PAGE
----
Governments should re-introduce rationing schemes on goods such as meat, clothing, and fossil feuls in order to mitigate the supposed dangers of climate change, researchers at a top British univiersity have demanded.
Acadamics at the University of Leeds have called for World War II-style government rationing in order to fight climate change, arguing that green agenda taxes are levied in a “slow and inequitable” manner and therefore the policy of rationing has been wrongly “neglected as a climate change mitigation policy option.”
The study, which appeared in the Ethics, Policy & Environment journal, said: “Rationing is often seen as unattractive, and therefore not a viable option for policy-makers. It is important to highlight the fact that this was not the case for many of those who had experienced rationing. It is important to emphasise the difference between rationing itself and the scarcity that rationing was a response to. Of course, people did welcome the end of rationing, but they were really celebrating the end of scarcity, and celebrating the fact that rationing was no longer necessary.”
The researchers went on to explain that governments could specifically ration “selected goods, such as flights, petrol, household energy, or even meat or clothing” and that limits could be placed on the amount of petrol an individual can use per month and the number of flights per year.
Dr Nathan Wood, the co-lead author of the study, said: “The concept of rationing could help, not only in the mitigation of climate change, but also in reference to a variety of other social and political issues — such as the current energy crisis.”
The energy crisis in Britain, which came to fruition in large part due to the government’s green agenda and failing to develop domestic natural resources such as nuclear power and fracking for natural gas and thereby leaving the country vulnerable to international price shocks cause by the war in Ukraine, has already seen some supermarkets begin rationing fruits and vegetables this week.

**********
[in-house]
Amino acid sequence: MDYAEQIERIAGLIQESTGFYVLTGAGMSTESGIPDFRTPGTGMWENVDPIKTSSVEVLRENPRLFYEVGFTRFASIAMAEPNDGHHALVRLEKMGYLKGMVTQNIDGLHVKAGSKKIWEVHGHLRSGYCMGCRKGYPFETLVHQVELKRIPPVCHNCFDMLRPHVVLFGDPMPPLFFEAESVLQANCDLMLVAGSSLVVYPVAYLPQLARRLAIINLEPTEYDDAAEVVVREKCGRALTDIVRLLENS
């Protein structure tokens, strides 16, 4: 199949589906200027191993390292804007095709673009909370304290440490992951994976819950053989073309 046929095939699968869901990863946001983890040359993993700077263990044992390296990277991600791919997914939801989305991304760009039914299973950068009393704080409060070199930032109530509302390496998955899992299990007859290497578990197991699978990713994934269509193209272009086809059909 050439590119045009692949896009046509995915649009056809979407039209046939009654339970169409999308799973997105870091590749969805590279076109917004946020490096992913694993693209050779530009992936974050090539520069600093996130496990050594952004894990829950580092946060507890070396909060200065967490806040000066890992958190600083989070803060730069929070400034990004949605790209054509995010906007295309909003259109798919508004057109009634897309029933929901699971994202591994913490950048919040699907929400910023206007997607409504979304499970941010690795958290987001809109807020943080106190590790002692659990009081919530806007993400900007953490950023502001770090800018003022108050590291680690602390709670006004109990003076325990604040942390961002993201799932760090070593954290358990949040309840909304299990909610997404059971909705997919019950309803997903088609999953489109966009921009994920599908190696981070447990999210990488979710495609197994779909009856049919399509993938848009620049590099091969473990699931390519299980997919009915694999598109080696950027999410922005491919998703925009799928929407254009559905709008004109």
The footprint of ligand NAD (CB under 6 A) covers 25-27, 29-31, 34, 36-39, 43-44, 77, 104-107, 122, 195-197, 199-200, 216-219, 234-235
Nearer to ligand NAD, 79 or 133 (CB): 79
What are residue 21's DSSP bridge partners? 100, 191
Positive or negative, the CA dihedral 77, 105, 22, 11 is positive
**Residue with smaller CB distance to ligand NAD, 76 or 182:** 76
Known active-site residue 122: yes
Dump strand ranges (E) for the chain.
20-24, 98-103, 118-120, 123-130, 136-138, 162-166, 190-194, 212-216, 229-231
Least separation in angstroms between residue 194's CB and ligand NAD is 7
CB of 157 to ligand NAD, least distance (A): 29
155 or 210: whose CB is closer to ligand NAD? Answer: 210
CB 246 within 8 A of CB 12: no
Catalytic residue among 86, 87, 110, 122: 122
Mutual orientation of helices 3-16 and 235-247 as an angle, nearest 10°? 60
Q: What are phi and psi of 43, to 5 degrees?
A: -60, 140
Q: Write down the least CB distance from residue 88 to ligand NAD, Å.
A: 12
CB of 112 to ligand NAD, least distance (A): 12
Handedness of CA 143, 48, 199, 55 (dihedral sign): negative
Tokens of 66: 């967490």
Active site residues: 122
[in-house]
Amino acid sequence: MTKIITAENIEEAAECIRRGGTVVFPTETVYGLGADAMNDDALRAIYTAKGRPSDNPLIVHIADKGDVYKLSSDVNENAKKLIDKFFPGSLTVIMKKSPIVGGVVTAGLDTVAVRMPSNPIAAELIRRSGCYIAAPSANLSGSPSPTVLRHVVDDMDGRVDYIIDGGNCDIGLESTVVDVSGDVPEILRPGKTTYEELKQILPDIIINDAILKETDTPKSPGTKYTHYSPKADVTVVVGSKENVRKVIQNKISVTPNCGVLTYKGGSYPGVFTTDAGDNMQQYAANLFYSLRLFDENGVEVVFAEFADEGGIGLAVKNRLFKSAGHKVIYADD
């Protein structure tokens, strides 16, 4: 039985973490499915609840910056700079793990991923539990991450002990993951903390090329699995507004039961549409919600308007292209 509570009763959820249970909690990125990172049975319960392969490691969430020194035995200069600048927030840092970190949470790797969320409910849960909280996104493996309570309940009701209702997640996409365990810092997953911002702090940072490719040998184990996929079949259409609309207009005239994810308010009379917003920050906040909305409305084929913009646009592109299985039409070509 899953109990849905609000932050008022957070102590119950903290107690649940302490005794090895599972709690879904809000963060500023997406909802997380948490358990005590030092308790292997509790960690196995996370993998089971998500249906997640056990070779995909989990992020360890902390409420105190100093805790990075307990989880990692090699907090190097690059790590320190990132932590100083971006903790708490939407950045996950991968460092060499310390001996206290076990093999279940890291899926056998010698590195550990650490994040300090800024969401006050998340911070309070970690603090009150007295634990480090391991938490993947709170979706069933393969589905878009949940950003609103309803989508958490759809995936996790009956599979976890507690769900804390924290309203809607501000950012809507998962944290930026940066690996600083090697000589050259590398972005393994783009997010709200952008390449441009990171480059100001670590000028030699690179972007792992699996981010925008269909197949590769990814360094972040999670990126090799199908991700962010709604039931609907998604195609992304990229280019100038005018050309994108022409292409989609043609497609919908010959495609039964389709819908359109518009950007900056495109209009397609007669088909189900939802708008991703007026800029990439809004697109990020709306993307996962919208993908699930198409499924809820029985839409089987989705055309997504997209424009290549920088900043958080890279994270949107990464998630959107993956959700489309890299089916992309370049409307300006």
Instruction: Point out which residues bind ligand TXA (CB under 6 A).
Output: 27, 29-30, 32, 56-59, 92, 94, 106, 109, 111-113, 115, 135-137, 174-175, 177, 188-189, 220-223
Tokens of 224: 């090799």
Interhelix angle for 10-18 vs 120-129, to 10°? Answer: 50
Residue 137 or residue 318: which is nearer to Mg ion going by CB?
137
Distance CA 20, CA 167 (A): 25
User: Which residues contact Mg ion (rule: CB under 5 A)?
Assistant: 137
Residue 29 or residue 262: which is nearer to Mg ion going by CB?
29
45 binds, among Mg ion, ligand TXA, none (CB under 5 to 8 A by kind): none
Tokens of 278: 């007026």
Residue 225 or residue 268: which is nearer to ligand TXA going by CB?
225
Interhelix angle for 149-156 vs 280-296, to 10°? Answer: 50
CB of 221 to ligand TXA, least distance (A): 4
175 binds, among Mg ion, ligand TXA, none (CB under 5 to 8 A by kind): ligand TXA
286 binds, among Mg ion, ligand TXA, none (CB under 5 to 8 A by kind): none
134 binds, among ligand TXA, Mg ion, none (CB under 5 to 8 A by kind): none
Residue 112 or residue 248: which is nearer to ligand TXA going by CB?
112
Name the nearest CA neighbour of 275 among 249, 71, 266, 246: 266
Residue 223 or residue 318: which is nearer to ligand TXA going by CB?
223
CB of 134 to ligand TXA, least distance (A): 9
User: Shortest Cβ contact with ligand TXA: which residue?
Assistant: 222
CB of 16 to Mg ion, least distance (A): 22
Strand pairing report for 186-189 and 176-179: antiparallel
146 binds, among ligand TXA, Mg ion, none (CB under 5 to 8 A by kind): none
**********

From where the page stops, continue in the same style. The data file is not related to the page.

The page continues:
Good news, being broke is good for the climate!https://t.co/cGrcMc2TTB
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The Leeds academics argued that during the Second World War, people did not object to rationing because it was a necessary response to the scarcity of goods and therefore if people were once again convinced that there was a natural scarcity, they might once again accept rationing measures.
The paper suggested that scarcity could be artificially induced by the state through measures such as banning or restricting or banning the import of fossil fuels and therefore the government could claim that rationing was necessary to “manage the scarcity”.
The joint-lead author of the study, Dr Rob Lawlor said: “There is a limit to how much we can emit if we are to reduce the catastrophic impacts of climate change. In this sense, the scarcity is very real.”
Another scheme offered up by the paper was to introduce “carbon cards, like bank cards, to keep track of your carbon allowance rather than ration cards”. Under such a scheme, the trading and selling of carbon allowances should be prohibited, they argued, saying: “It is feasible that allowance-based schemes could exist with non-tradable allowances.”
The “carbon card” scheme is reminiscent of plans announced by Chinese tech giant Alibaba, with president J. Michael Evans telling the World Economic Forum in 2022 that they are seeking to create an “individual carbon footprint tracker” in order to record and track the behaviour of citizens and the alleged impact on the climate.
Great Reset: Siemens Chairman Calls for ‘Billion People to Stop Eating Meat’ at World Economic Forum https://t.co/Uk7tZ22EKu
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